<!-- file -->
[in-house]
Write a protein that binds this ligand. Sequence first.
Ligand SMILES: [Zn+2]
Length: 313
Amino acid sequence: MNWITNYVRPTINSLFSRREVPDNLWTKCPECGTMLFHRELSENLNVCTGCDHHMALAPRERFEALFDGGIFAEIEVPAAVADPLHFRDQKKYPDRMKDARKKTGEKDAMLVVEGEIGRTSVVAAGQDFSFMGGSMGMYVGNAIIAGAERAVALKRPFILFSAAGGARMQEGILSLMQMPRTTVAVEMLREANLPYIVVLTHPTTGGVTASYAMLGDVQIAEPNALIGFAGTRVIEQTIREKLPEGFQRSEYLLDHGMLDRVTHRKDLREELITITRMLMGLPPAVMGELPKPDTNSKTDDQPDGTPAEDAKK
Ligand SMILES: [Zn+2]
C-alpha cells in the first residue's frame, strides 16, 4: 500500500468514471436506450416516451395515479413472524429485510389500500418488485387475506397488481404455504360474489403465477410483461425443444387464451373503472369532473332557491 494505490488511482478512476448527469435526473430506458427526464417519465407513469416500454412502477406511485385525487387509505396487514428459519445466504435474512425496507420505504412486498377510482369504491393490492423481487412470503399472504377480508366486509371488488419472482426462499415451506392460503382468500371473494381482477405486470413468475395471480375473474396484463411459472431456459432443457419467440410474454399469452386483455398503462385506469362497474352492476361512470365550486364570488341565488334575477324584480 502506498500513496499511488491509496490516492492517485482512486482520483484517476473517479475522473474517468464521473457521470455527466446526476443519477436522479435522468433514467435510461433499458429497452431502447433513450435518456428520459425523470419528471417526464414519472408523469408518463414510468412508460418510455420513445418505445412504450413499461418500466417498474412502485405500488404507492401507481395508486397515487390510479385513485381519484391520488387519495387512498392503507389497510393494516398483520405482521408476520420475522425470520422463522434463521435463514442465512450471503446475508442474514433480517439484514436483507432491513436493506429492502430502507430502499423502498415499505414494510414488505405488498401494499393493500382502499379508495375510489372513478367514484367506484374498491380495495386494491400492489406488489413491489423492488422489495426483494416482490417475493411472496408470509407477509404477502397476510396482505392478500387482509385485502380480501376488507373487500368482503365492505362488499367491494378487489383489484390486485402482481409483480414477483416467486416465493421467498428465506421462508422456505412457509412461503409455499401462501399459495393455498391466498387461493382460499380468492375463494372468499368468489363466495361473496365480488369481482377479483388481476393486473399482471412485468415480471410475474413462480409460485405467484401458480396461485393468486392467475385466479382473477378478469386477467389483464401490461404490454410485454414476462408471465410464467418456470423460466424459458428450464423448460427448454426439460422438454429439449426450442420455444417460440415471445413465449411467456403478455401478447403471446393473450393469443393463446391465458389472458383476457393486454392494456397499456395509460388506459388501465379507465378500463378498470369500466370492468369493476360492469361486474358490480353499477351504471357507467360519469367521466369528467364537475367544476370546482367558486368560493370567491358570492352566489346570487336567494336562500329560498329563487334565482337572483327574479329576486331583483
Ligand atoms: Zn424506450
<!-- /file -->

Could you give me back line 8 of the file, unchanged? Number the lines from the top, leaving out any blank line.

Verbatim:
Ligand atoms: Zn424506450